Although the op_mono package tabulates and stores the full set of (126 ASCII files) opacity tables in the OPAL Type I format for you, however, the three opacity tables that were used in Moravveji (2015) are statically put here for direct download. They are computed based on the Asplund et al. (2009) mixture . The beta_Fe and beta_ Ni are introduced in Moravveji (2015, Eq. 2).
Instability Strips of O- and B-type Stars
Using the three above opacity tables, revised instability strips (IS) of massive stars were presented in Moravveji (2015). The full data to reproduce Figs. 2 and 3 in that paper are tabulated and avalable for download. Each file has a header giving the meaning of each column. Each row corresponds to one input model.
The above tables are plain ASCII files. We provide a basic Python tool to interact with each file, read each ASCII file, and return a numpy record array for any further manipulation.
import read_tables table_file = './data/results/modes_Fex1.00_Nix1.00.tbl' table_recarr = read_tables.read_mode_table(table_file) print len(table_recarr) print table_recarr.dtype.names
The three figures above show the instability domains of the OB-type dwarf stars (Moravveji, 2015). These plots project the IS data from the above mode tables. The left, middle and right figures correspond to opacity enhancement factors (Fe, Ni) = (1.0, 1.0), (1.75, 1.0), and (1.75, 1.75), respectively. The last one was not presented in that work, and it has a minute difference with the middle figure.
To use OP_Mono package, you need to make sure MESA and
MESASDK are already installed on
your machine. Additionally, you need a local copy of the
OPCD data that you can freely download
as a compressed tarbal OP4STARS_1.3.tar.gz.
Create the Work Environment
The work environment is essentially a folder with a makefile and few scripts that compile together with "op_mono". Your actual work directory should be totally different from the op_mono source directory; thus, we encourage you to keep everything in the op_mono directory untouched. First, copy the gen_op_mono_tables.tar.gz which is now available in the $USER/DIR/op_mono to somewhere on your disc. Let's call the new place $WORK_DIR:
cd </another/path/for/work> export WORK_DIR=`pwd` cp $USER_DIR/op_mono/gen_op_mono_tables.tar.gz $WORK_DIR cd $WORK_DIR tar -zxvf gen_op_mono_tables.tar.gz cd gen_op_mono_tables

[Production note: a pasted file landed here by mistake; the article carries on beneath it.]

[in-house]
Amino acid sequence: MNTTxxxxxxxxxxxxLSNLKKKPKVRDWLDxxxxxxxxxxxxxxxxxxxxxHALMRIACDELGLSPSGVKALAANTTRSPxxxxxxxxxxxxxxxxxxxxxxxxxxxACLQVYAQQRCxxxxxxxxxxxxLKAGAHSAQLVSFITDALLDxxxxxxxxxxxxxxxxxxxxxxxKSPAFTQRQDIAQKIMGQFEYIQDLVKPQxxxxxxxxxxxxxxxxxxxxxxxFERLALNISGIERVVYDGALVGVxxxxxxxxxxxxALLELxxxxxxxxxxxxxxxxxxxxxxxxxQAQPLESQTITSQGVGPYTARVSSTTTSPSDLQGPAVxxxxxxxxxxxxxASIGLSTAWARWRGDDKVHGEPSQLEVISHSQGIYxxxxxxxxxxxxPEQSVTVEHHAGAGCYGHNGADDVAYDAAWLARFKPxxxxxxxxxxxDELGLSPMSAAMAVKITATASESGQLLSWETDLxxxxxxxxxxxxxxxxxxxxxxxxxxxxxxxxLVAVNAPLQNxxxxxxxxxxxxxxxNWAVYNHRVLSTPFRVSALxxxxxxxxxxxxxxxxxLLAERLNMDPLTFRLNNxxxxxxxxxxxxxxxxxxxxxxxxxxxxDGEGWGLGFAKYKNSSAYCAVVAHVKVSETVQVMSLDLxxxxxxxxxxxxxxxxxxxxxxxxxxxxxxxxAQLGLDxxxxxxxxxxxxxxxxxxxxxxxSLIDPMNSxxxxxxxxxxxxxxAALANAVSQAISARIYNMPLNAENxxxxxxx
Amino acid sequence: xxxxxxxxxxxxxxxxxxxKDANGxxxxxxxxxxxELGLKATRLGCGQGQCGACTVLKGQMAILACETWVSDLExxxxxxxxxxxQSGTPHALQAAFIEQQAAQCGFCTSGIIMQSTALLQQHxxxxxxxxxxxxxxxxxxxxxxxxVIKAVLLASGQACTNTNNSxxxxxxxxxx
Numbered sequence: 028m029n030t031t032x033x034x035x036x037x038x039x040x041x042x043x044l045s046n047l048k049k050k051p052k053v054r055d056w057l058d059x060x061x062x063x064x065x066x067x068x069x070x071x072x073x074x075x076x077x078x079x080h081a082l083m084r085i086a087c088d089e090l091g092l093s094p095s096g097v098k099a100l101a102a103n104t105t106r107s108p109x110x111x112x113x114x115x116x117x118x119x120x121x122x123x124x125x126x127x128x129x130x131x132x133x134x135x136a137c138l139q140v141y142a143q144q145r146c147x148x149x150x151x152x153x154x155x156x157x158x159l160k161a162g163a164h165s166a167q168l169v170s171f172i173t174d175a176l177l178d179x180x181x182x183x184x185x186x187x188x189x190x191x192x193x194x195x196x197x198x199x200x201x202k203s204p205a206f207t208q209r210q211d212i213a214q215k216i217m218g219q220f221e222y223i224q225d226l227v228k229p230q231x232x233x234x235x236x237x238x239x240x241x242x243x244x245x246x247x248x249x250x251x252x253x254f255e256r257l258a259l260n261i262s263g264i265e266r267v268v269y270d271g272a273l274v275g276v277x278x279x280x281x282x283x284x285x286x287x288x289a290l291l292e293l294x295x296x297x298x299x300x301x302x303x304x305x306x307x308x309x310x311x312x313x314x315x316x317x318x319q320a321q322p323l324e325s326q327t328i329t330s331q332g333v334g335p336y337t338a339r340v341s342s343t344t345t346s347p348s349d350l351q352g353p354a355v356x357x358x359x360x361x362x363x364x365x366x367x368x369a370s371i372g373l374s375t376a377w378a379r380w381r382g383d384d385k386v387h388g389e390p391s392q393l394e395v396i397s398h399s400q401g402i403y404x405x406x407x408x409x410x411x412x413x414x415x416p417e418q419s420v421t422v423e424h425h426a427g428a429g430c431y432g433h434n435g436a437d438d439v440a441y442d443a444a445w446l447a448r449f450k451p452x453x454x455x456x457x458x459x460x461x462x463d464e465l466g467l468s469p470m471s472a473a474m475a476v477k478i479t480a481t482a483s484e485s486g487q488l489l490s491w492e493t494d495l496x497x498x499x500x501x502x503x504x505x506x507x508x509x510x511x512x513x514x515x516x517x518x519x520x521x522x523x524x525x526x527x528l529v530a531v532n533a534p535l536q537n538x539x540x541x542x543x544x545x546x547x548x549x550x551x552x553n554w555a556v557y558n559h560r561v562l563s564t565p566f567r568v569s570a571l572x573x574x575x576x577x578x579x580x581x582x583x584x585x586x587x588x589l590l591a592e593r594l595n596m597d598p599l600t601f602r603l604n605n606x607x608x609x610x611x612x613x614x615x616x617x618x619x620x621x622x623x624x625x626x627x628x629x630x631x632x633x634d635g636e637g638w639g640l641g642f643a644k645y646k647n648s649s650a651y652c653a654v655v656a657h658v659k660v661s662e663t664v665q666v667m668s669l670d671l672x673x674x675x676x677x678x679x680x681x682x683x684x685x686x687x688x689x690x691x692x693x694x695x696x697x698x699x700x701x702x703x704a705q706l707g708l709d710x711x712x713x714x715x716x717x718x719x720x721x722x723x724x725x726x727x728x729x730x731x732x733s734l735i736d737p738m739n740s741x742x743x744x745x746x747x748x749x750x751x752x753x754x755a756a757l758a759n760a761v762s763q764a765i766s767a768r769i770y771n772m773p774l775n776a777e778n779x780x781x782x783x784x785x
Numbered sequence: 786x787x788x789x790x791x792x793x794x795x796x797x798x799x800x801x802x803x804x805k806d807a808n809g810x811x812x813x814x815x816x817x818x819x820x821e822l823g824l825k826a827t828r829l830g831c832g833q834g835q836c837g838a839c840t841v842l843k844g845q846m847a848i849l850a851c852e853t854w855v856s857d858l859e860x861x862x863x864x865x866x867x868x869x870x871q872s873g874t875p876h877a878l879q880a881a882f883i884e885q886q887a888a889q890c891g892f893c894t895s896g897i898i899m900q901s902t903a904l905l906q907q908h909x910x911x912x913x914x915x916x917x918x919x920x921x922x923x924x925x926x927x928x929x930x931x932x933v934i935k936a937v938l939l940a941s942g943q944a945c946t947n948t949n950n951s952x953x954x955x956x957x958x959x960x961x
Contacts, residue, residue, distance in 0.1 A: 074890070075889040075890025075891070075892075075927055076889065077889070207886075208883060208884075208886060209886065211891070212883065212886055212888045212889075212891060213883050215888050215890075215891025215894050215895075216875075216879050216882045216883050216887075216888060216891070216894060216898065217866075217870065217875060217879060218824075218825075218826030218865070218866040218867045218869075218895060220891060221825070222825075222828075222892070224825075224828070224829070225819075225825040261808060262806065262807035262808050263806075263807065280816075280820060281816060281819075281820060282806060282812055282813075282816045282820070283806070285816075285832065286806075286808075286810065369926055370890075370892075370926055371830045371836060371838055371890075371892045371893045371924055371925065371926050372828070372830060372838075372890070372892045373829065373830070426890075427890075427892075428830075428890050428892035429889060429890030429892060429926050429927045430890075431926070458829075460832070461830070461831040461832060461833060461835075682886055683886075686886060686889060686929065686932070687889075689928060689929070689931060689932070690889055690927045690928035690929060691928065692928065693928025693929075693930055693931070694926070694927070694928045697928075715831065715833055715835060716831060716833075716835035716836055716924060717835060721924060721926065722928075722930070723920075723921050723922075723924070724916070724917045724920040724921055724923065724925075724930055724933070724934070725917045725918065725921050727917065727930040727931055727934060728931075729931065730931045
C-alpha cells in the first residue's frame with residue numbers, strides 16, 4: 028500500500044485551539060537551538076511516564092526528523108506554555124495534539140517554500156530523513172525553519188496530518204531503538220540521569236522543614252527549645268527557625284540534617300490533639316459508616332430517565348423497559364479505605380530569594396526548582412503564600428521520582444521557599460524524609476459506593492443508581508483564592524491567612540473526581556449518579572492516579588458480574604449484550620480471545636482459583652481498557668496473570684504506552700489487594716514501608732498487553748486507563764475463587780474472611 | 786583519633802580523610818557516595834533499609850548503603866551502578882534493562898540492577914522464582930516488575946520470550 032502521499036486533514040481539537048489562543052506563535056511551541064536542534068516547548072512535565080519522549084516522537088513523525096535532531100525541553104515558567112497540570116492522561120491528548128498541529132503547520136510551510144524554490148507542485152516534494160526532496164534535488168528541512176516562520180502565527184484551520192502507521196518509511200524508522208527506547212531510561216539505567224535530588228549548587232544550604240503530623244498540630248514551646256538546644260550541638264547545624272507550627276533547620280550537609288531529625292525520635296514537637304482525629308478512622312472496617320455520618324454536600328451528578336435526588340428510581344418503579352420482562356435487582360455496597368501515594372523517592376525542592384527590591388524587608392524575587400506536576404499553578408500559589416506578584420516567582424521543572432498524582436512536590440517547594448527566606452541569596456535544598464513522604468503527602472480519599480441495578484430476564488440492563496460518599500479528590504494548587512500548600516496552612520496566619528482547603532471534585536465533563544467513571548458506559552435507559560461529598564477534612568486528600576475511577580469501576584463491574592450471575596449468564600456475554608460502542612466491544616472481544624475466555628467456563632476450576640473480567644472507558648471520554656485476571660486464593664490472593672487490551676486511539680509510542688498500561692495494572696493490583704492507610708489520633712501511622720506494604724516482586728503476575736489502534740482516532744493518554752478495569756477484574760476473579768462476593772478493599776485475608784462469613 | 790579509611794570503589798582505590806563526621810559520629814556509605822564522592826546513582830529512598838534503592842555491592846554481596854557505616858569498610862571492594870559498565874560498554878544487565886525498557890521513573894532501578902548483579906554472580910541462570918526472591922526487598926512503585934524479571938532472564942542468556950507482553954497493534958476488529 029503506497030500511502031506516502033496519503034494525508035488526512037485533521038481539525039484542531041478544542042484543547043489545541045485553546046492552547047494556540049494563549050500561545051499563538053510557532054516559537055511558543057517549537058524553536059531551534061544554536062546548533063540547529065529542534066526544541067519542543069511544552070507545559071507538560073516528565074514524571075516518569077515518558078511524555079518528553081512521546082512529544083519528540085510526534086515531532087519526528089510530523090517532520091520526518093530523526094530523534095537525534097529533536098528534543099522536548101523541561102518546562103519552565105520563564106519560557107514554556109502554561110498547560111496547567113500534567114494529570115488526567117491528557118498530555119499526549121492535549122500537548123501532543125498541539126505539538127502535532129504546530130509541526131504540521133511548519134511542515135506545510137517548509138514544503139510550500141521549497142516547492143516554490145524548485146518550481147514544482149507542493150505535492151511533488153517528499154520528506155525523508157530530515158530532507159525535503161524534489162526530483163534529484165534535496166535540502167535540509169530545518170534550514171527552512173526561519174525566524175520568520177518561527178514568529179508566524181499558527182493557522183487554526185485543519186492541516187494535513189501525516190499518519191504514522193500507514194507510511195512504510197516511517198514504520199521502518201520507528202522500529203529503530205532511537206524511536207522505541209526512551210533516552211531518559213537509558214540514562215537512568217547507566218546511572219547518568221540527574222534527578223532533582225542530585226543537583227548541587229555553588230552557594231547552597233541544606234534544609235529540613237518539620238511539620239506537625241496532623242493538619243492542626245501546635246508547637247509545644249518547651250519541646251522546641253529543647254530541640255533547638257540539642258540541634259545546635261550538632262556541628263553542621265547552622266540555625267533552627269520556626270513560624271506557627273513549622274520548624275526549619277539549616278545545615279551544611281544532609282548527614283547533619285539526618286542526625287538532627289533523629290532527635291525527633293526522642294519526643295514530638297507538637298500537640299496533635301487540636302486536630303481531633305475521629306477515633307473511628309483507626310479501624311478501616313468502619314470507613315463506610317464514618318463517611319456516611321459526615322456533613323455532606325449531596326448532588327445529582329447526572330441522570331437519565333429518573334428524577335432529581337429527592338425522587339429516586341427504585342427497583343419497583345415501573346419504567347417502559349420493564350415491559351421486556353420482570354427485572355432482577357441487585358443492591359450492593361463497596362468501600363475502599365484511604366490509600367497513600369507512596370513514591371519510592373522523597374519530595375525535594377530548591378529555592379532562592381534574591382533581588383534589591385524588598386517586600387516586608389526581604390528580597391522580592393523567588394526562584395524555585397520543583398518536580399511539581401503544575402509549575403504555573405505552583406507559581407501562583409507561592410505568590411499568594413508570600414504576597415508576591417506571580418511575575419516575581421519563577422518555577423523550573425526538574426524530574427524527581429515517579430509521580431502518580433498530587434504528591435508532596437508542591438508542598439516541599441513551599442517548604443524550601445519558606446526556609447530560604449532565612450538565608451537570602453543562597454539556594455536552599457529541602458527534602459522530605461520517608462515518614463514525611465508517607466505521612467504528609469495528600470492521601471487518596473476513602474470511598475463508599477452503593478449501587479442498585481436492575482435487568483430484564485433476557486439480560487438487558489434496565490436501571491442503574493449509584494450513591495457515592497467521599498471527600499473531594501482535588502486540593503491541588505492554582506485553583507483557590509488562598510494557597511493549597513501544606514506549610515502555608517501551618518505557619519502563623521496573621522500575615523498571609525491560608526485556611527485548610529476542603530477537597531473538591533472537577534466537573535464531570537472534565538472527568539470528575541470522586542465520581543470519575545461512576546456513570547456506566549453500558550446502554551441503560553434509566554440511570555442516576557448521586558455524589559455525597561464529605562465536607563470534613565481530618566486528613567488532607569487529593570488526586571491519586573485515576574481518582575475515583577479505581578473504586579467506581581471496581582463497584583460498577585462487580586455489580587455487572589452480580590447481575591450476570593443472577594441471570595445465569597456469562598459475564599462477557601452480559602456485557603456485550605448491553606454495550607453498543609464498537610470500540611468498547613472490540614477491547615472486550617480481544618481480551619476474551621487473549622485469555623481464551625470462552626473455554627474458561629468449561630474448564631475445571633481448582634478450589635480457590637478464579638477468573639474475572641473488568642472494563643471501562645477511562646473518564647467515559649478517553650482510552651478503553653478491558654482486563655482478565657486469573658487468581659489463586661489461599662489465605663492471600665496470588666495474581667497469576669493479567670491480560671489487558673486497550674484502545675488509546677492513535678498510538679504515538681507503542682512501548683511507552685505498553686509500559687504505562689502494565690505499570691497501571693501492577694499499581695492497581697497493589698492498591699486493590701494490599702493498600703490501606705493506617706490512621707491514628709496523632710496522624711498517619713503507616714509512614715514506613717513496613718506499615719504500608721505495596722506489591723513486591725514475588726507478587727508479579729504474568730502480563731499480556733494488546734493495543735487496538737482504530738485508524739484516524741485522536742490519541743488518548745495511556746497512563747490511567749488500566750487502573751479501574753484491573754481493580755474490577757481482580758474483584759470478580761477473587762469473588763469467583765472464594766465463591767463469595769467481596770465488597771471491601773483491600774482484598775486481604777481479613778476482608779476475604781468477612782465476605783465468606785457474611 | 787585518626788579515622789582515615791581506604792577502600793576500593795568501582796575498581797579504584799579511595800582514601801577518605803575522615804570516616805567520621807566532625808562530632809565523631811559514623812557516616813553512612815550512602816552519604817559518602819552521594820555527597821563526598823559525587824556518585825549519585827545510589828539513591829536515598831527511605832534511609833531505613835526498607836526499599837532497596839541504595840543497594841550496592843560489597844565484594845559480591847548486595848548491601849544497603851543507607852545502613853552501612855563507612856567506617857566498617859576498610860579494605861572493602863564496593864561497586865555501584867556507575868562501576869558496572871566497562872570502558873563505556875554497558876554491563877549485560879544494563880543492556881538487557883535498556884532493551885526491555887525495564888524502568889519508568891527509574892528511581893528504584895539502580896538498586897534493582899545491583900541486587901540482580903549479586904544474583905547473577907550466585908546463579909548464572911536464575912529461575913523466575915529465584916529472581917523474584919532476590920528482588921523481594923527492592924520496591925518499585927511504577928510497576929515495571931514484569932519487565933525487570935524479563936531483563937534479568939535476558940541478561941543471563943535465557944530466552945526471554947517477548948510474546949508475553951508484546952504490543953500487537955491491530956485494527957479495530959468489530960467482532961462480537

Clone the Repository
To fetch the repository, first make sure that you have the "git" installed on your machine. Then, change to a working directory where you want to clone the repository. Here, a new folder with the name "op_mono" will be created. From now on, we call the path inside the "op_mono" directory $USER_DIR
cd </path/to/my/dir> git clone https://email@example.com/ehsan_moravveji/op_mono.git export USER_DIR=`pwd` cd op_mono ls
You are now ready to comile the code in a simple step:
Before executing any job and
Execution: Generating New Tables
The "op_mono" package supports OpenMP for parallelisation, and shorter runtime. One can set the number of desired threads to any number of available threads on the machine, to exploit this capability.
However, the performance is not ideal. The bottom figure shows how the runtime for computing one table file drops by linearly increasing the number of threads. This test was performed on a 2.8 GHz Ivy Bridge compute node.§
The op_mono supports OpenMP directives, however, the performance is not linear with the number of cores, and it saturates immediately to a flat curve. The reason is, the OPCD data are around 700 MB, and at the start of the execution, the binary data files are read and stored in the memory. During the runtime, every thread needs full access to this data. Outside the dynamical part of the parallel construct, the nested calls to the OPCD routines cannot copy this data to the L2 cache for quick access. Therefore, the data needs to be fetched from the RAM, and the data communication overhead dominates or becomes comparable to the computation of a single log kappa value. Therefore, the parallel loop immediately looses efficiency. I have doubts if there would be a way around this. So, the code can be perfectly used by e.g. 4 cores on a laptop machine with a reasonable runtime.